'Even Elrond Lord of Rivendell, bearer of the greatest of the Elven rings, cannot alter what has been decreed by fate; that I should love you, and that you should love me, and for all time our fates entwine. Like Beren and Luthien, we cannot be parted...'

Aragorn said nothing, just gazed at Arwen's pale, beautiful face. Even in the depths of battle he could never leave this vision behind. Arwen was right; but how could he take such beauty away from Rivendell, when his life was so fraught with danger and death?
'My father will understand' said Arwen. Aragorn shook his head and pointed to the doorway of the Hall of Fire. Elrond was just then entering, still deep in conversation with Gildor.
'Do you know what they are talking about?' Arwen shook her head.
'Gildor has announced to your father that he intends to go to the Grey Havens at summer's end. To leave Middle Earth, and return to Valinor...'

Arwen involuntarily looked down at the door of the Hall, to where Gildor, clad in a long silver robe and blue cloak, was entering slightly in advance of her father, as befitted the guest of honour. She spoke softly;
'Gildor's ties to Middle Earth are slender, Aragorn. My father has all this...'
And Arwen gestured to the summer woods, and the sky full of stars, and the tumbling waterfalls.
'...Lord Elrond will never leave Rivendell.'
'He will leave it if the Enemy threatens to take it...' said Aragorn. Arwen faced him and her eyes flashed with momentary anger;
'We are not afraid of Sauron!'

Aragorn put a hand on her arm, and caressed the fine material almost absent-mindedly.
'I know, Arwen, my light of the evening. I did not mean to say he is afraid, not for himself. But for you....'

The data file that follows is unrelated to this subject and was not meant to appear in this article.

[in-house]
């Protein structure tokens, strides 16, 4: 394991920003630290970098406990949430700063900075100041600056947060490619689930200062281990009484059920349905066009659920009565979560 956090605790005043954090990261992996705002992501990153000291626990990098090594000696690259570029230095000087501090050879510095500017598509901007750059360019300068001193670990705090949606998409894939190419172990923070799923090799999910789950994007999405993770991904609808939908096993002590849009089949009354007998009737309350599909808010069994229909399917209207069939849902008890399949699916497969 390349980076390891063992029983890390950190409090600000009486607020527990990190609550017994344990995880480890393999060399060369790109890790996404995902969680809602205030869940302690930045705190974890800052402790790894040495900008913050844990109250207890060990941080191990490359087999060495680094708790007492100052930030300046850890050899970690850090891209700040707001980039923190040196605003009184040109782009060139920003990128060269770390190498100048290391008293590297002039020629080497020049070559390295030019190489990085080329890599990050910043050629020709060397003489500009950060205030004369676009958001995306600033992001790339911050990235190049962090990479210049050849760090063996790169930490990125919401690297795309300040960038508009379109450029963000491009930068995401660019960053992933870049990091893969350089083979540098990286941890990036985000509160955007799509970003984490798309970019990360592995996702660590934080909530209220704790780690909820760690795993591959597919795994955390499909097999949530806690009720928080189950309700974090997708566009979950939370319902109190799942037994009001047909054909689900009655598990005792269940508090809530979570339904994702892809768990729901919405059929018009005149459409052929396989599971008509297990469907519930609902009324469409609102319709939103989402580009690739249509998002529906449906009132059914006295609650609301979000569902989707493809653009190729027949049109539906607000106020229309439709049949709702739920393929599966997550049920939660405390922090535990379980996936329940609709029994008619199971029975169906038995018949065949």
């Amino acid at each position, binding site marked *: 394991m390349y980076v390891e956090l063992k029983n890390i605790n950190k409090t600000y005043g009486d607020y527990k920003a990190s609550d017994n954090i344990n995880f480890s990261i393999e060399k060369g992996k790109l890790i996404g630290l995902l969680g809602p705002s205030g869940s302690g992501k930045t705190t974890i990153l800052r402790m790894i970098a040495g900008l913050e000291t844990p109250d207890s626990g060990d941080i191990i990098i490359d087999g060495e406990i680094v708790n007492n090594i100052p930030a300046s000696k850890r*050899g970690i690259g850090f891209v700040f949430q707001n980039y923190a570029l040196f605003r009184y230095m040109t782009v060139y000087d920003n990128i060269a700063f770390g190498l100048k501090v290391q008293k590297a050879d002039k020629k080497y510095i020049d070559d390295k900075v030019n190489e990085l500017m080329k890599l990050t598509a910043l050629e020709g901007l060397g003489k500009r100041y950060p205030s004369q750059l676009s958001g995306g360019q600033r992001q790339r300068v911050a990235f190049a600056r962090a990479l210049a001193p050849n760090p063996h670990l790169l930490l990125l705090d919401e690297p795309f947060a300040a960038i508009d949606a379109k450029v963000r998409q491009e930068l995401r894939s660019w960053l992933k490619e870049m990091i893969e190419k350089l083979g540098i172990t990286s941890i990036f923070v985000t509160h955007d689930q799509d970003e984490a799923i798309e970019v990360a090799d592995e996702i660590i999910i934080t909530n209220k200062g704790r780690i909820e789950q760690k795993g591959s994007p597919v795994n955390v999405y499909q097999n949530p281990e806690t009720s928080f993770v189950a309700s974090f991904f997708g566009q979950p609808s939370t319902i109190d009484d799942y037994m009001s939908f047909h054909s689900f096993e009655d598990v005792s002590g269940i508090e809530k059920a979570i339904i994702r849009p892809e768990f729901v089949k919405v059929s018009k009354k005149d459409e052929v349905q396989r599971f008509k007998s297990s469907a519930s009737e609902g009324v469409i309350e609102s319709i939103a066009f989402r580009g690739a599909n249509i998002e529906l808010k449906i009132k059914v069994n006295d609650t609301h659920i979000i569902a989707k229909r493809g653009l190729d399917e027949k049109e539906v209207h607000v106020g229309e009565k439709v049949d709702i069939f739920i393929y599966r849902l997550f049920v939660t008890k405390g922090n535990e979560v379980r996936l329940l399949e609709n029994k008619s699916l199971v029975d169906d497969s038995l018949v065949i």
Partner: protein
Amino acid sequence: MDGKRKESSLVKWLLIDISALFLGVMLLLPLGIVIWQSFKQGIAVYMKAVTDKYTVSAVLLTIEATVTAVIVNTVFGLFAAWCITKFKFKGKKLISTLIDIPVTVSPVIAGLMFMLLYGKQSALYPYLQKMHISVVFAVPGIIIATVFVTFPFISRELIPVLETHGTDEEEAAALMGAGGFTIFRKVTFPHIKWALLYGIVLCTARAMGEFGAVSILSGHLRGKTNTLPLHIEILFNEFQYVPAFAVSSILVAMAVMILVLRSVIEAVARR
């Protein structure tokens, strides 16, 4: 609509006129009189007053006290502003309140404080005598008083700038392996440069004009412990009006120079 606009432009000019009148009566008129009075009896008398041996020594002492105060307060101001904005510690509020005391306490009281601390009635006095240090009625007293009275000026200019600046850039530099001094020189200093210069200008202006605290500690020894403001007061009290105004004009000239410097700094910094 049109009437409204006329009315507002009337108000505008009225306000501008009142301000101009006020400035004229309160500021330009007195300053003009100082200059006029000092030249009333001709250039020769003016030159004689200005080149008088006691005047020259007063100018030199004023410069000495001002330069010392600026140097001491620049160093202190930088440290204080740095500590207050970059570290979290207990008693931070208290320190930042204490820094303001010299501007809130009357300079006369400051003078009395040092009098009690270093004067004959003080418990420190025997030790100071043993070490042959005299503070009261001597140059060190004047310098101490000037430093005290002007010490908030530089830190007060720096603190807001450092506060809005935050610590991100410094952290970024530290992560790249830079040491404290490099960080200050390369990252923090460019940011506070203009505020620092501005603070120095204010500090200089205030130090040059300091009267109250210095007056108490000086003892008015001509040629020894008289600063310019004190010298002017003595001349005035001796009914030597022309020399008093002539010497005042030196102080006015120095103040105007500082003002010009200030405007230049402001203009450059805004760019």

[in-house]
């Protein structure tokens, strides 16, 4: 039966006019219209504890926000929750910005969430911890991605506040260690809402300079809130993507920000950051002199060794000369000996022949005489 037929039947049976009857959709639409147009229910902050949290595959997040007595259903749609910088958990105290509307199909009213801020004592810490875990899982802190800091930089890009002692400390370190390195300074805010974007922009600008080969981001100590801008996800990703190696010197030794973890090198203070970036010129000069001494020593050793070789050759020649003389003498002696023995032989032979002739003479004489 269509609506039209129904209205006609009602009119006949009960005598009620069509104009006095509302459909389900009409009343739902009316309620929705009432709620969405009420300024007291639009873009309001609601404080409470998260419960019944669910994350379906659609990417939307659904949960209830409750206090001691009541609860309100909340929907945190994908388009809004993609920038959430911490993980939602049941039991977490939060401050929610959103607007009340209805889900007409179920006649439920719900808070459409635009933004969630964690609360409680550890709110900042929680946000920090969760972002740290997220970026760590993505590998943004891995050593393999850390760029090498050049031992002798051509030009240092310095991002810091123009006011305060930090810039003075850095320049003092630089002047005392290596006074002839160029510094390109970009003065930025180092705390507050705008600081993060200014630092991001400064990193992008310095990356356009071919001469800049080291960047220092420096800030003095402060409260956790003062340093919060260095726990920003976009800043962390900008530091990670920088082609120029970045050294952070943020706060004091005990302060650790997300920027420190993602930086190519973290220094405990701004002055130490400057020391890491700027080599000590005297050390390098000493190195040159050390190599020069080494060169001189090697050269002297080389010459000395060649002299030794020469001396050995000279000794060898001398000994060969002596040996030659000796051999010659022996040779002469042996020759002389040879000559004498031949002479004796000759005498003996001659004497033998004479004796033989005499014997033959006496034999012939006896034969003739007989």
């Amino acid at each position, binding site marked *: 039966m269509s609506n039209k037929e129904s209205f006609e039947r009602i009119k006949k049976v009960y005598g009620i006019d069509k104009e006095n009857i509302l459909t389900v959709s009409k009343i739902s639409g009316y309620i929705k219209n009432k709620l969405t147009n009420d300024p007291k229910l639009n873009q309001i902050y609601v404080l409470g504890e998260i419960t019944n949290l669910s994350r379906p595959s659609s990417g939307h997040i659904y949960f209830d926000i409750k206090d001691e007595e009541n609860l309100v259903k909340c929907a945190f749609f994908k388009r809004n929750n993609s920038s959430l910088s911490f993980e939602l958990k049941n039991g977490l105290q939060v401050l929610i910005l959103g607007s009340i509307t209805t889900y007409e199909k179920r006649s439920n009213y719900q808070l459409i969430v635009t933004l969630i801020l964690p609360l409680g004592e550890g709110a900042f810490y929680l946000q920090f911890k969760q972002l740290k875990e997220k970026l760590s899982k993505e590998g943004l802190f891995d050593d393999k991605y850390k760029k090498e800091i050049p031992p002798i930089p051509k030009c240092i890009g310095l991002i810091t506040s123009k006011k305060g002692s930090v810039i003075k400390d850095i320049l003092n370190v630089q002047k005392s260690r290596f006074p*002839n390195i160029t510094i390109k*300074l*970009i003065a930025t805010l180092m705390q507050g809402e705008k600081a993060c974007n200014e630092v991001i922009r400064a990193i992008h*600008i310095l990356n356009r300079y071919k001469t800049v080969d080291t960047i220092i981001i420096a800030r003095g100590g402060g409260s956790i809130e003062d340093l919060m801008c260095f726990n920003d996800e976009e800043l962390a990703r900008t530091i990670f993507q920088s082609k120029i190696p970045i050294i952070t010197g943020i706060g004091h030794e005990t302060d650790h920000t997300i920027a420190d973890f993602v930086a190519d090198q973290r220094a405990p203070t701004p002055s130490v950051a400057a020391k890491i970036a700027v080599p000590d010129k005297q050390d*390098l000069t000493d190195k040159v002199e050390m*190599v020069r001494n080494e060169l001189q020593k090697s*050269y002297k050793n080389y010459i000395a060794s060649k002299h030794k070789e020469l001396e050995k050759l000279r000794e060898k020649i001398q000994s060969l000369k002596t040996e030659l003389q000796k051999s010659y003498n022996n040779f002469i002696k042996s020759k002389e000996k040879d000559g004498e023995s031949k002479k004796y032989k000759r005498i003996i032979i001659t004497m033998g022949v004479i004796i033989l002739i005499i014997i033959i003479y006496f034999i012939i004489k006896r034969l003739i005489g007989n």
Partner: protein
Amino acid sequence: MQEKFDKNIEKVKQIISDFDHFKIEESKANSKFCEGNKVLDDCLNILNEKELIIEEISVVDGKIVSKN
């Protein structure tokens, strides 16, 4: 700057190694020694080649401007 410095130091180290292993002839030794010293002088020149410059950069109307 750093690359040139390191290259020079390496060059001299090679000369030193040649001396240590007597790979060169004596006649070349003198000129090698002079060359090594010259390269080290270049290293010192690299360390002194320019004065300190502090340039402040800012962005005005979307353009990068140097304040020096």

Aragorn gazed at Arwen with longing and sadness.
'Your father will want to take you with him to the West, to safety. He will want to leave, for your sake, when he deems the time is right ...'

Arwen smiled then.
'I will never leave Rivendell...' she said. 'except to be your bride. When your time has come......'

Aragorn did not know why he remembered that night under the starsof Rivendell now, on the field of battle. The westering sun slanted fiercely in his eyes, and his sword arm ached; all day he had hacked and slashed, and now even he was weary. He wanted to rest, to find an end to slaughter. Was this really the path that would lead him to his destiny? Would this lead him to Arwen?

He became aware of someone looking at him, and turned to Callanach, still standing beside him.
'Why did you desert the service of King Théoden?' he asked the boy. Callanach straightened up and wiped the sweat from his face with his sleeve. Aragorn might be the Dunedain and his lord, but this matter had to be put right...
'My Lord Aragorn, I did not desert; King Théoden is dead, and my oath is cancelled. I have no debt to King Eomer, and he has released me from his service. All I want to do now is serve you, my lord. King of Arnor and Gondor...'

Aragorn said nothing for a while. To be greeted with his titles on a field of death by a raw, skinny boy in Elven armour was a strange herald of kingship; but Aragorn suddenly realised it was fitting. He looked towards Minas Tirith and saw the Army of the Dead swarming into the city, overwhelming the enemy that thronged the lower levels. Even from this distance, he could hear the cries of the enemy. Through fire and death, he thought, I come to claim what is mine; the evening star in all its brightness....

Aragorn smiled at Callanach and said;
'You shall be one of my Rangers once again, as you were of old, and your father Feolchú before you...' Callanach's face brightened at once. Then Aragorn asked, pointing with his sword at Marfach, lying in the dust at his feet;
'What about this?'

Callanach looked down at his friend; he might lose his new-found favour with Aragorn if he took Marfach's side. But he could not desert one who was his friend, whatever he had done...just then Marfach opened one eye, and a crooked smile twisted his face.
'Remember, Dúnedain, how I saved the life of one of your knights, in the Black Hollow. I claim payment for that now, a life for a life...'

Aragorn remembered indeed. He knit his brows.
'Why..' he asked '...did you not claim this pardon when you were brought before King Théoden and me after Helm's Deep? Why did you wait till now?'

Marfach closed his eyes again, and for a moment Aragorn thought he was dead. Then he said in a whisper;

'I like to keep something in reserve....'